Objective This study evaluated the effectiveness of an individualized home-based exercise program that included specific turning exercises in improving turning performance in adults identified as having unsteadiness during turning. Design A single-blind (assessors) randomized controlled trial was conducted with 68 community-dwelling Malaysians aged 50 yrs and older, who had abnormal turning performance (outside of age and sex, normal limits on the Step/Quick Turn Test [180-degree turn task on the NeuroCom Balance Master with long plate]). The intervention group received a 16-wk home exercise program that included two turning exercises, whereas the control group maintained their usual activities. Results Significant group × time effects were found using two-way repeated-measures analysis of variance for turning and balance/mobility measures. The intervention group significantly improved relative to the control group for (1) sway when turning 180 degrees Step/Quick Turn, F 1,65 = 8.070, P = 0.006; (2) time to perform 180-degree turn Step/Quick Turn, F 1,65 = 8.216, P = 0.006; (3) Timed Up and Go (single task), F 1,65 = 6.647, P = 0.012; (4) Timed Up and Go (dual task), F 1,65 = 8.301, P = 0.005; and (5) static stance sway, F 1,65 = 10.491, P = 0.002. Conclusions An individualized home exercise program that included specific exercises to improve turning ability was effective in improving turning performance in adults older than 50 yrs.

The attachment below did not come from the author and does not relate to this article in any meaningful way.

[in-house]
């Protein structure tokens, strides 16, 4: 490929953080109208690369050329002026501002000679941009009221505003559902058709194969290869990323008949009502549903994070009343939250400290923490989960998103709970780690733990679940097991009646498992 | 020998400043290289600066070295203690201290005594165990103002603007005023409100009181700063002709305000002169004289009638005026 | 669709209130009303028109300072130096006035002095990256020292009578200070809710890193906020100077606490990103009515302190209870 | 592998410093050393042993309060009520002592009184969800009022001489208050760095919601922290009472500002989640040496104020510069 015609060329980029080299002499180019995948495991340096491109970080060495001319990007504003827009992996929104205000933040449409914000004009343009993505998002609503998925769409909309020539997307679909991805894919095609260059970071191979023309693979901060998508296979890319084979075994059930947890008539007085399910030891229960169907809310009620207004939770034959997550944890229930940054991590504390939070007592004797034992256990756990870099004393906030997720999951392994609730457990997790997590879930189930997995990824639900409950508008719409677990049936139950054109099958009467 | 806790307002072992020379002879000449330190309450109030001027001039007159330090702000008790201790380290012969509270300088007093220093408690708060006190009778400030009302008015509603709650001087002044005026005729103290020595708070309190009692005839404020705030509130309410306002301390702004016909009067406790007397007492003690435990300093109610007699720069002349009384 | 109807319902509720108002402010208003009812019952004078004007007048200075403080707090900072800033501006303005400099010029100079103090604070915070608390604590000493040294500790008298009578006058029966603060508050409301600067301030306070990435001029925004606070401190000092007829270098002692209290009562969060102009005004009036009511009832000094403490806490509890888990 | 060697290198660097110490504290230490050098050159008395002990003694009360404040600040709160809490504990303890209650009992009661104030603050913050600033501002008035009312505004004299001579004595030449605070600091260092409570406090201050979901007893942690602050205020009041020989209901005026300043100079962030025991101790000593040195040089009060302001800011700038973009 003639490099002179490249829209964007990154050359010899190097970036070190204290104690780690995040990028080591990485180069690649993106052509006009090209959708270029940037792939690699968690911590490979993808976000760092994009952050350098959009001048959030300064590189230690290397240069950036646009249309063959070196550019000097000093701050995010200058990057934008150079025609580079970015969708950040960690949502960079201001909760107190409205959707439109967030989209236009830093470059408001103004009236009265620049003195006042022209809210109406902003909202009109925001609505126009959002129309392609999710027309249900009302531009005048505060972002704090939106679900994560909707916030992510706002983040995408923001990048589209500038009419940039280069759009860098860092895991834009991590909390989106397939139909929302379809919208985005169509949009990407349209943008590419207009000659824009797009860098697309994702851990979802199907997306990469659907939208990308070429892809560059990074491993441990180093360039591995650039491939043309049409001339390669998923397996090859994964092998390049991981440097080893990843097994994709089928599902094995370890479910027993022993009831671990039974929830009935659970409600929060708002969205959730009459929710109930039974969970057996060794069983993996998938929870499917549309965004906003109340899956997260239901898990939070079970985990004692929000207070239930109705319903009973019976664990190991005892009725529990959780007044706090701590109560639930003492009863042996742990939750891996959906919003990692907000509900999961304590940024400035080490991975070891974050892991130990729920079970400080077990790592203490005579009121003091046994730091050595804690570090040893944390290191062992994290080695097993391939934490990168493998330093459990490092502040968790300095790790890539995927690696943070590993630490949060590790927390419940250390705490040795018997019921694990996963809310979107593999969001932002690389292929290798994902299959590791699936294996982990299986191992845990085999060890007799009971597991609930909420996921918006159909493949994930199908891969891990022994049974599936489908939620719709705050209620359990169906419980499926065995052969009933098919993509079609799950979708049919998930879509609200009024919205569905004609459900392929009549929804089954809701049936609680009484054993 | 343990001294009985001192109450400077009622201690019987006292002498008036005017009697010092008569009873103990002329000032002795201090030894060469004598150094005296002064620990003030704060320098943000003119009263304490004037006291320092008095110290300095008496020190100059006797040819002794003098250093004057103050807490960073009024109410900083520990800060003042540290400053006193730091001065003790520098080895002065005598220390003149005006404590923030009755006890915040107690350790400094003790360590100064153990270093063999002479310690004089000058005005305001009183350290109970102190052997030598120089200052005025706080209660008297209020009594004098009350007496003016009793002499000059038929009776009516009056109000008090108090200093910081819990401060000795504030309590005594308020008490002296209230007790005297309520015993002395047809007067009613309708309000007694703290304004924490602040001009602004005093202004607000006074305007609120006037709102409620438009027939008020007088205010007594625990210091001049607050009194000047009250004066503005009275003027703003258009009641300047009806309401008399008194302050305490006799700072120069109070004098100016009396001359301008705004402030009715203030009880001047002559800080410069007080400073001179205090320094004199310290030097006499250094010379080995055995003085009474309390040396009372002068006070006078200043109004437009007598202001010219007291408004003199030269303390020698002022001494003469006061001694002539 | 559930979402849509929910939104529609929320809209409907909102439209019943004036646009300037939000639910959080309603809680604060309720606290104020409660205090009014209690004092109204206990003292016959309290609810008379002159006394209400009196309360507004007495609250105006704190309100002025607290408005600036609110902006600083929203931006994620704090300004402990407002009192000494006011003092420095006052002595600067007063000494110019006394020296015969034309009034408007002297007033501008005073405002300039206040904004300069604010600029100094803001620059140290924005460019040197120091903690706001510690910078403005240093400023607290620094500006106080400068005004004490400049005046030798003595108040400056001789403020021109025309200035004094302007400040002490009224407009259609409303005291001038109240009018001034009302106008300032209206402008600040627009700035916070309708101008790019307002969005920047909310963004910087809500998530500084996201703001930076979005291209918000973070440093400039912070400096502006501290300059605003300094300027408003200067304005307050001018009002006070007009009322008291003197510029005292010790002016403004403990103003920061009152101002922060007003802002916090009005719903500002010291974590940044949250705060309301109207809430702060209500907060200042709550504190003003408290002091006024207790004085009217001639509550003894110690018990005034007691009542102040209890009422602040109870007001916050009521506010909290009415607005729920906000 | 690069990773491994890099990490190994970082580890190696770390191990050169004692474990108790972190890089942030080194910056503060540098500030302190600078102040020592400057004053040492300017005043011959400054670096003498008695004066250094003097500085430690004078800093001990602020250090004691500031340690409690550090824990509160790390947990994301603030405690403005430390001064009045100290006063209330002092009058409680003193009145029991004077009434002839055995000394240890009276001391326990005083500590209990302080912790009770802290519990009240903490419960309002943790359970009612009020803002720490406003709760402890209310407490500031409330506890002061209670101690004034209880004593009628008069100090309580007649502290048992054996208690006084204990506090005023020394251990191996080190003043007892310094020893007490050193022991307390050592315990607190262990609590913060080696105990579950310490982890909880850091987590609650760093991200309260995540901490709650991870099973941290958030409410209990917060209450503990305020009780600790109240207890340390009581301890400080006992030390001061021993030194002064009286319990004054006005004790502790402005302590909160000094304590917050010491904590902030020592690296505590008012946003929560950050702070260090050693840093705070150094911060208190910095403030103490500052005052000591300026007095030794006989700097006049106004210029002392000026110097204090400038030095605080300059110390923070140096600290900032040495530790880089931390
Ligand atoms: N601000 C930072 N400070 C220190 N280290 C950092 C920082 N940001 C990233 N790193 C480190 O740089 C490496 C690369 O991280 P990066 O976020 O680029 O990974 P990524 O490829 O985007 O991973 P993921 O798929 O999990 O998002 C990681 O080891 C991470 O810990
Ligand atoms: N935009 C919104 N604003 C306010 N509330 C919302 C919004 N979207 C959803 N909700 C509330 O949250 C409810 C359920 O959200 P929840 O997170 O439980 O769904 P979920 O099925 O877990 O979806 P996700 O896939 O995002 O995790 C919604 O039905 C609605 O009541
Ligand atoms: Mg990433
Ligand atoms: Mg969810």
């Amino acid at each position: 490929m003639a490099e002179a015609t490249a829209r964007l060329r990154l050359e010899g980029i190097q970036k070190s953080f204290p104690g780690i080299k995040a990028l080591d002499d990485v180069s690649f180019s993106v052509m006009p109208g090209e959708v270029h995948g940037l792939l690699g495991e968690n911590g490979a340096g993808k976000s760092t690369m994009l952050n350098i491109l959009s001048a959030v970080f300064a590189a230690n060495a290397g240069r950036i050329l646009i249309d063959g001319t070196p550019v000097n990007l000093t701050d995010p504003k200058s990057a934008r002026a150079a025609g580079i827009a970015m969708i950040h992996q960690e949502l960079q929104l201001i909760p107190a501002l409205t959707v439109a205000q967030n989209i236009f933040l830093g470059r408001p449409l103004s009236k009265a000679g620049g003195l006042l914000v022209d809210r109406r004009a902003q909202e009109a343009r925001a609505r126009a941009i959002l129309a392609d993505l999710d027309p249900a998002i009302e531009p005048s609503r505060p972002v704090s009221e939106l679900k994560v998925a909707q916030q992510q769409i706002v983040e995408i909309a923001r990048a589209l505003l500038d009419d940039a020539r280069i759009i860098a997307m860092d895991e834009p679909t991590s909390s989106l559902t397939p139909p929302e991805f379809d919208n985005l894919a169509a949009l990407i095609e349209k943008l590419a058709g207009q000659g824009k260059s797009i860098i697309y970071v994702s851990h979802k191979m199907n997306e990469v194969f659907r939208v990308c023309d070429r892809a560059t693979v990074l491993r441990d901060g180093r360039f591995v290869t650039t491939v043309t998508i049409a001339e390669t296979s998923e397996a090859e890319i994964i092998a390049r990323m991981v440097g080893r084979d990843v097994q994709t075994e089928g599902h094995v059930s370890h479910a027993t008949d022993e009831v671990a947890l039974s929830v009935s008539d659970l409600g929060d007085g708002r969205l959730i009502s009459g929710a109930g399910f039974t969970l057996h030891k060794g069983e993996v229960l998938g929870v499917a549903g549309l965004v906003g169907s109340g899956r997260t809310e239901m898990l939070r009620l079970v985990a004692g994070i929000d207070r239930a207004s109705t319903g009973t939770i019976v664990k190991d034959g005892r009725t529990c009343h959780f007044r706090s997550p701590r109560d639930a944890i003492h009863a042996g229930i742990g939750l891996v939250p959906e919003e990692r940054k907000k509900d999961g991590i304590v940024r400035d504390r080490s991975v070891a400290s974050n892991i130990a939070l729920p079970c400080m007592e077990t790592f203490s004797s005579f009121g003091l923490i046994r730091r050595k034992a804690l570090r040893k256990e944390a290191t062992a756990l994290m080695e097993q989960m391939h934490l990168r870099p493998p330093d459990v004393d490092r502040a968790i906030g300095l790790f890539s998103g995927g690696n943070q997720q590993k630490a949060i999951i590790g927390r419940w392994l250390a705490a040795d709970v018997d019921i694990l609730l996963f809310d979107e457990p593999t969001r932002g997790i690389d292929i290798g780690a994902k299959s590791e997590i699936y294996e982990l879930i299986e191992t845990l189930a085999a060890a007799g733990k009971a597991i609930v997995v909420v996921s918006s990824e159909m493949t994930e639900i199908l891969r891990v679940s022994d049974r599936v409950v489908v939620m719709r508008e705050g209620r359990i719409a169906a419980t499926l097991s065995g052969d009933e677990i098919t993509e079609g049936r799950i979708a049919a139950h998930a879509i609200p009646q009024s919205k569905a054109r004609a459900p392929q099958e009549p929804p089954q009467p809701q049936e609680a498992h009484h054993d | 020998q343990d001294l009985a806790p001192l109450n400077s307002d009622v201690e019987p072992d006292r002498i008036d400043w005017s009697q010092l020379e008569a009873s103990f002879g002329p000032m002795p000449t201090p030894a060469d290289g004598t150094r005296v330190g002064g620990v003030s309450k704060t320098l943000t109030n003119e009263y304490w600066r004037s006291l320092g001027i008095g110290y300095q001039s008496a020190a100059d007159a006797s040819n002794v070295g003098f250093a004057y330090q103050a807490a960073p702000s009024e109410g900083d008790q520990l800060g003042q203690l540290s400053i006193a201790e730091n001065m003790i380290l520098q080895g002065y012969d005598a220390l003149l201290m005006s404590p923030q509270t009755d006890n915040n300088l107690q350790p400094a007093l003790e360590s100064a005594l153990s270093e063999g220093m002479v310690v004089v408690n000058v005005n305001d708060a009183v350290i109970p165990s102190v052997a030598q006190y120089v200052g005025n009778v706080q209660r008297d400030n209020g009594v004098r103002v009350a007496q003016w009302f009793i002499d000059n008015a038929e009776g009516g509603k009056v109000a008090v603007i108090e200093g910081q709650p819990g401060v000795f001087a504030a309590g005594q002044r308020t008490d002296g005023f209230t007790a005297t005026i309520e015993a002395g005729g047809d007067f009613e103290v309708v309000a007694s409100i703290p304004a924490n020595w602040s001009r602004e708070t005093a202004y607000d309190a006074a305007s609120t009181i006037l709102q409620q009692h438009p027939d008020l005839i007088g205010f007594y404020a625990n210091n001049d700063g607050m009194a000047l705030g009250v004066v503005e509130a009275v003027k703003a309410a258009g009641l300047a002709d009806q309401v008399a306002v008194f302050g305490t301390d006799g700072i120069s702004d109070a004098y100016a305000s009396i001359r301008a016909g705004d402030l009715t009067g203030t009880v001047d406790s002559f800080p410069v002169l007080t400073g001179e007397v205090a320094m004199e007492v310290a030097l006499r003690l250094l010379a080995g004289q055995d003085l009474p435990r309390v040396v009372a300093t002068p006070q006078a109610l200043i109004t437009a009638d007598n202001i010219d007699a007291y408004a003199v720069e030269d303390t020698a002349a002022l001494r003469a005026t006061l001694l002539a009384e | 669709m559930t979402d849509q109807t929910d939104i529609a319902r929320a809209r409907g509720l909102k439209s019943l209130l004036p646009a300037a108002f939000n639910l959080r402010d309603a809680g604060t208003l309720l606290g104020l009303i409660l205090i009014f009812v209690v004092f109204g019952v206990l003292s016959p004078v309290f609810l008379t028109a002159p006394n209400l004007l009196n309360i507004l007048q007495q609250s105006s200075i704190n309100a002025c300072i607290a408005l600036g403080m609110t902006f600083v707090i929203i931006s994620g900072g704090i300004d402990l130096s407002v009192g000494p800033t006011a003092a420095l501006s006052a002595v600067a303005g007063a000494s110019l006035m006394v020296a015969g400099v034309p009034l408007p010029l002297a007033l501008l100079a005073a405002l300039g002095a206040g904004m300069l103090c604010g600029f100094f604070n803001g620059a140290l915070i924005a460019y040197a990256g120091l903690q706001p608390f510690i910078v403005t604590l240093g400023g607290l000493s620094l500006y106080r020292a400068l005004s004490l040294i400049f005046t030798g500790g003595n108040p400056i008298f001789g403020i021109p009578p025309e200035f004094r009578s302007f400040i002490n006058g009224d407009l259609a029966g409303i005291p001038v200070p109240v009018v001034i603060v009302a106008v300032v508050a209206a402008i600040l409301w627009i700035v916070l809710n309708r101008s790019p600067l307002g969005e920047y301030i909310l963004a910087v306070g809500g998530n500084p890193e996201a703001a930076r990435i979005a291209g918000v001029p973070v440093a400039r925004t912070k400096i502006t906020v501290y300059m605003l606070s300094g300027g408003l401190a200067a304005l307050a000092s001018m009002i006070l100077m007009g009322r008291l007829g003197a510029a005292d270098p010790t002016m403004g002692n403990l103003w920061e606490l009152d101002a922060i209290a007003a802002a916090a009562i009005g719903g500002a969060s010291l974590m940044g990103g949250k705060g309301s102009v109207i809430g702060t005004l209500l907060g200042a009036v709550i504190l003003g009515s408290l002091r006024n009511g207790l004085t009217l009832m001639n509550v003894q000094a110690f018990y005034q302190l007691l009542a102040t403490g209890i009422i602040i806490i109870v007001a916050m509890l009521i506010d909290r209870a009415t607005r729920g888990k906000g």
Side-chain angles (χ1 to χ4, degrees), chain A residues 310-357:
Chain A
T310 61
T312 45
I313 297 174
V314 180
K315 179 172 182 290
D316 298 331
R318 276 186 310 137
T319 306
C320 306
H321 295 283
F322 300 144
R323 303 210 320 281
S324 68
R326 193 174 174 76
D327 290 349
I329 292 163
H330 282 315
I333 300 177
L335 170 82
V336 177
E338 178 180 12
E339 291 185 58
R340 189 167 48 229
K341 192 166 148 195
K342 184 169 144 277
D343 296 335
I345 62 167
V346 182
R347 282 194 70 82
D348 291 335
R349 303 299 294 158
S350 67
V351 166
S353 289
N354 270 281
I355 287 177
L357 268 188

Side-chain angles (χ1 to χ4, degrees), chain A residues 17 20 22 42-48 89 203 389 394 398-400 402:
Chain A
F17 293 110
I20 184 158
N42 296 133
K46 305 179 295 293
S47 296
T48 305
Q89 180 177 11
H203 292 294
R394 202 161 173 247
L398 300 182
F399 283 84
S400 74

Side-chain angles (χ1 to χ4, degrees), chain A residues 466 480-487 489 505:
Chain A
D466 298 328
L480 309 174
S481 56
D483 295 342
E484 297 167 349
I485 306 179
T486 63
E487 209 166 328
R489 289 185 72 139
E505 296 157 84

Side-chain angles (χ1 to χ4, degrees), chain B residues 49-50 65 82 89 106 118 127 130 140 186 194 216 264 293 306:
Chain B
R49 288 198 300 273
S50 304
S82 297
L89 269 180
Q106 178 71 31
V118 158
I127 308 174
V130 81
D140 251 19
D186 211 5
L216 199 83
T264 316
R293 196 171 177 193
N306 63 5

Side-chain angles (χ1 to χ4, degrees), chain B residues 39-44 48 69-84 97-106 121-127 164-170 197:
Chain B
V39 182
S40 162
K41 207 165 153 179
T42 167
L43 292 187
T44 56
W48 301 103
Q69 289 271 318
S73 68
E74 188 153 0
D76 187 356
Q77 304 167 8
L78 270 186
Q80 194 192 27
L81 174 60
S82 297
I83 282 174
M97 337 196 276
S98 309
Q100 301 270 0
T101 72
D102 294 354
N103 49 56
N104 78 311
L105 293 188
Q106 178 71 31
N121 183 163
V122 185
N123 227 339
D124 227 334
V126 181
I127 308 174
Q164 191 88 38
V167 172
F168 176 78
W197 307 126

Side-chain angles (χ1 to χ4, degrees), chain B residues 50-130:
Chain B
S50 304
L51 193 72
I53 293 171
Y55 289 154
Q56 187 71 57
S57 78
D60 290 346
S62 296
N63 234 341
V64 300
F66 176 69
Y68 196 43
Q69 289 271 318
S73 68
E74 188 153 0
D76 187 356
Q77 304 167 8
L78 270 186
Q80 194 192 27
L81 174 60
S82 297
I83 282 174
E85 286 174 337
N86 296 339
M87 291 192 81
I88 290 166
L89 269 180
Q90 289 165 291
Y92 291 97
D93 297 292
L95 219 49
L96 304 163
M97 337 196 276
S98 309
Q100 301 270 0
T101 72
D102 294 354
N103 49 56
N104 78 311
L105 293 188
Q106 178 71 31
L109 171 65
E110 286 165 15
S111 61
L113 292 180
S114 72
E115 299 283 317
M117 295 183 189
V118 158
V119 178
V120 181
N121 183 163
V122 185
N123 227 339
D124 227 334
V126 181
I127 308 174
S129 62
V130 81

|Number of pages||11|
|Journal||American Journal of Physical Medicine & Rehabilitation|
|Publication status||Published - May 2016|
- Postural Balance